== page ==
Episode 8: Esoteric Orientalism Part I: Ancient Barbarian Sages

When we talk about the origins of western thought, we are nearly always talking about the classical Greeks. But the Greeks themselves had a curious habit of attributing their own wisdom in the sciences, in philosophy, and in other arts such as magic and astrology, to their neighbors in the Near East. This episode is the first in a series of two podcasts examining the troubled relationship that the Greeks had with what they perceived as their more ancient contemporaries. Concentrating on Mesopotamia and Egypt, we also look at the Indian Brahmans and the Jews, all through the Greek lens which informs the later western esoteric traditions. Along the way, we discuss

  • The influential theory of ‘orientalism’ propounded by Edward Said, considering some of its drawbacks and advantages,
  • Greek chauvinism, which considered all non-Greeks to be ‘barbarians’, alongside the troubled admiration which the Greeks had for other cultures,
  • The process by which esoteric traditions often bolster their claims by constructing an ‘authenticating apparatus’ of ancient wisdom,
  • The ancient sages Zoroaster, Hermes Trismegistus, and Moses through Greek esoteric eyes, and
  • The concept of ‘Platonic Orientalism’ which has been coined to describe this phenomenon of appropriating ‘barbarian wisdom’ among the Platonists of late antiquity and beyond.

Works Discussed in this Episode:

  • Hanegraaff, W., 2012. Esotericism and the Academy: Rejected Knowledge and Western Culture. The University Press, Cambridge.
  • Hesychius, Lexicon, K. Latte (Ed.), 1953-1956. Hesychii Alexandrini Lexicon. Ejnar Munksgaard, Hauniae.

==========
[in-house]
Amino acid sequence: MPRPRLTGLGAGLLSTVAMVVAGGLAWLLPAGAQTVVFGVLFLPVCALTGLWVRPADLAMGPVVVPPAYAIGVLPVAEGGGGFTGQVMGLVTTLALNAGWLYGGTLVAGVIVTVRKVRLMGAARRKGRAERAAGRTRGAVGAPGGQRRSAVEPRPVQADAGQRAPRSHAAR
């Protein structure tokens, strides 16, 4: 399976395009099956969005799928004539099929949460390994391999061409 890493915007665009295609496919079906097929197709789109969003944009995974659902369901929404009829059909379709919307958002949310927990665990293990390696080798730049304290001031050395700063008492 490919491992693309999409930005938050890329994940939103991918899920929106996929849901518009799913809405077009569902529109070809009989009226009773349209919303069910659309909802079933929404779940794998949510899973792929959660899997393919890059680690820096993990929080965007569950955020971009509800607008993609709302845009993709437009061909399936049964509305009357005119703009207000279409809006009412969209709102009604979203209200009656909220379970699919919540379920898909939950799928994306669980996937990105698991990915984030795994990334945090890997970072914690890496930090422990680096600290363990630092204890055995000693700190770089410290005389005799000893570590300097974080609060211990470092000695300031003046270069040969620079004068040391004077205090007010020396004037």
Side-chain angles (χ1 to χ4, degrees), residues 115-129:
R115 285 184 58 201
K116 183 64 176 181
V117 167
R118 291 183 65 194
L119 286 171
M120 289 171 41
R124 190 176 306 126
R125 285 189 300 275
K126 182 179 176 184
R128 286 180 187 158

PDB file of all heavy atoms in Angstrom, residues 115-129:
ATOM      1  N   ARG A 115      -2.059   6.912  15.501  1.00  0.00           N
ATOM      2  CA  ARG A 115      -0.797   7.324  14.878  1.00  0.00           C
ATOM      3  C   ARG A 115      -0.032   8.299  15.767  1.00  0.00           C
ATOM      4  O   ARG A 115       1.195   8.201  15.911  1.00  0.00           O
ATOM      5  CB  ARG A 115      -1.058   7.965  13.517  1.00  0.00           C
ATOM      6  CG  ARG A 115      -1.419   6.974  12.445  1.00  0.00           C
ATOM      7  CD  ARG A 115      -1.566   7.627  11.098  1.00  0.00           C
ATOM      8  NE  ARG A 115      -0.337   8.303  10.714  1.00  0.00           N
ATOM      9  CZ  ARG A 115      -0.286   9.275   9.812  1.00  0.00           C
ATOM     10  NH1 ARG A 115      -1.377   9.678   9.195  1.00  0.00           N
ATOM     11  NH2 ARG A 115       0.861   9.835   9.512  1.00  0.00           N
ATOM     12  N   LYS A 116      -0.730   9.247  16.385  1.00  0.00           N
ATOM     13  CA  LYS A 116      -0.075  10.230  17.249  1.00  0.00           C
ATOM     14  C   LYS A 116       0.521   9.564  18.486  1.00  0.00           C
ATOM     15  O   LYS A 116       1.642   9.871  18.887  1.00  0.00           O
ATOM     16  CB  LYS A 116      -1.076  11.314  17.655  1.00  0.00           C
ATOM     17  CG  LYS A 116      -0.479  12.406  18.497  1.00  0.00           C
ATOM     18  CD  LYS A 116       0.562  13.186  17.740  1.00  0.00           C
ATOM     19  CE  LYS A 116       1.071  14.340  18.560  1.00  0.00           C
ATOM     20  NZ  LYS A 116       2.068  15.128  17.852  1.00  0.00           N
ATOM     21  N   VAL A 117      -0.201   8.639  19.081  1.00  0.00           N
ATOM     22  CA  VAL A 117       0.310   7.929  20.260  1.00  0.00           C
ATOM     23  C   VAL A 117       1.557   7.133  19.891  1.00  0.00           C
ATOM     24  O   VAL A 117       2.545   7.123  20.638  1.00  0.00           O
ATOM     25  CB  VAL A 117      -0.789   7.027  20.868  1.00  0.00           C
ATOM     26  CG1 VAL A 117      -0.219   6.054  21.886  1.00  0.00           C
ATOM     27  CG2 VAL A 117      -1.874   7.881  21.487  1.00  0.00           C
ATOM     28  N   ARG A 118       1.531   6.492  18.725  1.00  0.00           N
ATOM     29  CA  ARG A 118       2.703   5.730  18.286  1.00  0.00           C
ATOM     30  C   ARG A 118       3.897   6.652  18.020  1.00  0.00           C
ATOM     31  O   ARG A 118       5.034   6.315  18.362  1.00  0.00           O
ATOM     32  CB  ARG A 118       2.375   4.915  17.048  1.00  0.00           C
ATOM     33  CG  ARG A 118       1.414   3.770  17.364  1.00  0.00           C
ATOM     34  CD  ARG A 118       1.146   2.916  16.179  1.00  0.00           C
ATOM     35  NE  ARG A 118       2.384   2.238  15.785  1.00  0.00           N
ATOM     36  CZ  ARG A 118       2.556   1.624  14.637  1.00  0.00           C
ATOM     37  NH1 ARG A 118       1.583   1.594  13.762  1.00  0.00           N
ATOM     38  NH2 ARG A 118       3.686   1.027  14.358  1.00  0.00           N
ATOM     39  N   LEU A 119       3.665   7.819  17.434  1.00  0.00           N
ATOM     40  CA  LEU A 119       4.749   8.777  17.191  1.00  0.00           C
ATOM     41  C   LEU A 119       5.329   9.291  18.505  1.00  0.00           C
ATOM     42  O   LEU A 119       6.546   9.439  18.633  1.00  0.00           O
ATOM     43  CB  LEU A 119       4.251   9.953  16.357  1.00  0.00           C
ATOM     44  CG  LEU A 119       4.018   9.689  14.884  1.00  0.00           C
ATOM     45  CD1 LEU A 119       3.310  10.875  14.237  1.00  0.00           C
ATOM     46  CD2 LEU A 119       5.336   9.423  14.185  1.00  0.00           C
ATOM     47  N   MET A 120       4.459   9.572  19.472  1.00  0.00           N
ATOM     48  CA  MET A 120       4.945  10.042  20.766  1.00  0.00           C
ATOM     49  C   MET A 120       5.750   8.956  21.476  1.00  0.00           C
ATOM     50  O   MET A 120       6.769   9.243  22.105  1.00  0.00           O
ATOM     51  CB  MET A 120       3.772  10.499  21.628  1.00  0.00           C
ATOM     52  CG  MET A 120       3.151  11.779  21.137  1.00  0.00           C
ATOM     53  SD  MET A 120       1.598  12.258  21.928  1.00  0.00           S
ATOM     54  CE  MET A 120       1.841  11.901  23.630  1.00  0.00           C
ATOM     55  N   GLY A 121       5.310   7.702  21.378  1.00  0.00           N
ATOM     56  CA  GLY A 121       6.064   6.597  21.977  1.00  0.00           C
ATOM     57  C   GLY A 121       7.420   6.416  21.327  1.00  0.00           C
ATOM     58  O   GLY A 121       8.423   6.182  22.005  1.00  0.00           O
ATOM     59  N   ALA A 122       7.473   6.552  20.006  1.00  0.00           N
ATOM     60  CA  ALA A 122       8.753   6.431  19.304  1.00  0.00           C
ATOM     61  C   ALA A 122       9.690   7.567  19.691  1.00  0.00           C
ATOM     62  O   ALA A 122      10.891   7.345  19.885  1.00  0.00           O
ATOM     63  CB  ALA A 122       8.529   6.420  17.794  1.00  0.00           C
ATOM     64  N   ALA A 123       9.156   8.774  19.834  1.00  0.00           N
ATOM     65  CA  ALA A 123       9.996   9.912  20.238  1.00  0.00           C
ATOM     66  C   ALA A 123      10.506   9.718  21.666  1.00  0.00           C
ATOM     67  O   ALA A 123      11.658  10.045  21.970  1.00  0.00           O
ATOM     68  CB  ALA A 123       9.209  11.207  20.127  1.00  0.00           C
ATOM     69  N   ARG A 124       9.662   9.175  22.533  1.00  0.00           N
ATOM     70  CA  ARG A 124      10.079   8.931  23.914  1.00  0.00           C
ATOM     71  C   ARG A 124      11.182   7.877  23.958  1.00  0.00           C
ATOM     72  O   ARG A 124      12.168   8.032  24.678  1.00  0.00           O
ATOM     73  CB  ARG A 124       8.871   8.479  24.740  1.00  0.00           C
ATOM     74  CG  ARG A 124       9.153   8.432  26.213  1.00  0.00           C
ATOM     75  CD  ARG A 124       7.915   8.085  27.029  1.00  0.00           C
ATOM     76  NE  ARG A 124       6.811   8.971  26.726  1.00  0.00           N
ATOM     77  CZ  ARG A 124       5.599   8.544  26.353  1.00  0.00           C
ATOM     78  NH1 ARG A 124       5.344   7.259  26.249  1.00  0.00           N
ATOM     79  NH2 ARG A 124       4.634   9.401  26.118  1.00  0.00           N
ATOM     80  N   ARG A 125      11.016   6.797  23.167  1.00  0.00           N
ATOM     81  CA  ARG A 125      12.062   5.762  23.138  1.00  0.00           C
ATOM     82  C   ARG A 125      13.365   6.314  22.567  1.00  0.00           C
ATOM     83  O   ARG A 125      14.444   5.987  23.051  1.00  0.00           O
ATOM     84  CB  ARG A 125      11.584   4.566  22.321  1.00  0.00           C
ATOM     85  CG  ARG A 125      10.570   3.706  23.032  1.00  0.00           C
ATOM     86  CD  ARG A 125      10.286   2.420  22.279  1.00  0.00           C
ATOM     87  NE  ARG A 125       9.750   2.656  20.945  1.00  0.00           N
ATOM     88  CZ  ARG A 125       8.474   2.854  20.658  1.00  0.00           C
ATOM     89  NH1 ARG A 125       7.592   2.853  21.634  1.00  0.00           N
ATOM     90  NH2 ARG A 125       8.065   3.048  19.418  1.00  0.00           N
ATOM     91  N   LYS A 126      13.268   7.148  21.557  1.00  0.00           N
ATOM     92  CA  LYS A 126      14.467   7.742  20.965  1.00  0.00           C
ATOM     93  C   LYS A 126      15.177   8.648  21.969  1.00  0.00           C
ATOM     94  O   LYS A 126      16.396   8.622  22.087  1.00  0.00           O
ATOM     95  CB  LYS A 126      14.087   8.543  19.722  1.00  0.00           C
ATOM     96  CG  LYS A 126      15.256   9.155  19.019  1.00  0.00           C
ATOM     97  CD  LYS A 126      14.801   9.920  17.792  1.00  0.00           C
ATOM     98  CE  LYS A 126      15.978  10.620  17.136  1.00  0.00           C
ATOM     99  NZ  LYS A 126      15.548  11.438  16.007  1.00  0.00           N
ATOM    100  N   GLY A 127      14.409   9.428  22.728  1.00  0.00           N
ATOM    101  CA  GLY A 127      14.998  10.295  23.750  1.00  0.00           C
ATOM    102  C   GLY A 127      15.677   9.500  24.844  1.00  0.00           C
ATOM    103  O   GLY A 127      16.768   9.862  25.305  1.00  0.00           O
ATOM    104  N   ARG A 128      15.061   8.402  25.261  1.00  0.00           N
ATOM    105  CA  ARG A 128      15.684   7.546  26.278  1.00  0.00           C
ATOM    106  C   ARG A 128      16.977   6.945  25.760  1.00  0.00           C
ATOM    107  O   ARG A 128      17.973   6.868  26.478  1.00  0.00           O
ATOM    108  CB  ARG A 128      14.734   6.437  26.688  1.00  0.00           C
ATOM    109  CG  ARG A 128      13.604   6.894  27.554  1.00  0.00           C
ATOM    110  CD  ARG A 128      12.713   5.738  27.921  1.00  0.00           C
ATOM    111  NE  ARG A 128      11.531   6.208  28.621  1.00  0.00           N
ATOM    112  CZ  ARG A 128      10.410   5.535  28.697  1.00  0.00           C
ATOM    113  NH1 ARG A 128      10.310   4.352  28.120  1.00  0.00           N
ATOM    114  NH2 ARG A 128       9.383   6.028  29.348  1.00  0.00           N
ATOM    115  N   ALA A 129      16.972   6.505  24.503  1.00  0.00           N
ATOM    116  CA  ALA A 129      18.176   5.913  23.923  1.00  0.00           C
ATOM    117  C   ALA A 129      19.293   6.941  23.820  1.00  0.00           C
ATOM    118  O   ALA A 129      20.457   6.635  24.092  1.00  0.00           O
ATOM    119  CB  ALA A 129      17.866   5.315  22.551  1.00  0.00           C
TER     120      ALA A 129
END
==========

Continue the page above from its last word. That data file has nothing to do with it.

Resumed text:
• Nietzsche, F., 1966. Also sprach Zarathustra : ein Buch für alle und keinen, in vol. 7 of the collected works, Goldmann, München.
  • Said, E. W., 2003. Orientalism. Penguin, London.
  • Walbridge, J., 2001. The Wisdom of the Mystic East: Suhrawardi and Platonic Orientalism. State University of New York Press, Albany, NY.

Recommended Reading:

On the history of the Greek adoption and adaptation of the Persian magus-sages, the classic work is

  • Bidez, J. and Cumont, F., 1938. Les mages hellénisés: Zoroastre, Ostanès et Hystaspe d’après la tradition grecque. Les Belles Lettres, Paris.

A more up-to-date treatment, with a focus on the early modern period, is

  • Stausberg, M., 1998. Faszination Zarathushtra: Zoroaster und die Europäische Religionsgeschichte der Frühen Neuzeit. De Gruyter, Berlin.

On the strange story of the development of the figure of Hermes, see

  • Faivre, A., 1995. The Eternal Hermes, from Greek God to Alchemical Magus. Phanes Press, Grand Rapids, MI. Trans. J. Godwin.

Of all the many books and articles published criticising Edward Said’s theory of orientalism, the one which stands out as not only pertinent, but also impassioned and beautifully-written is

  • Irwin, R., 2006. For Lust of Knowing: Orientalists and their Enemies. Allen Lane, London.


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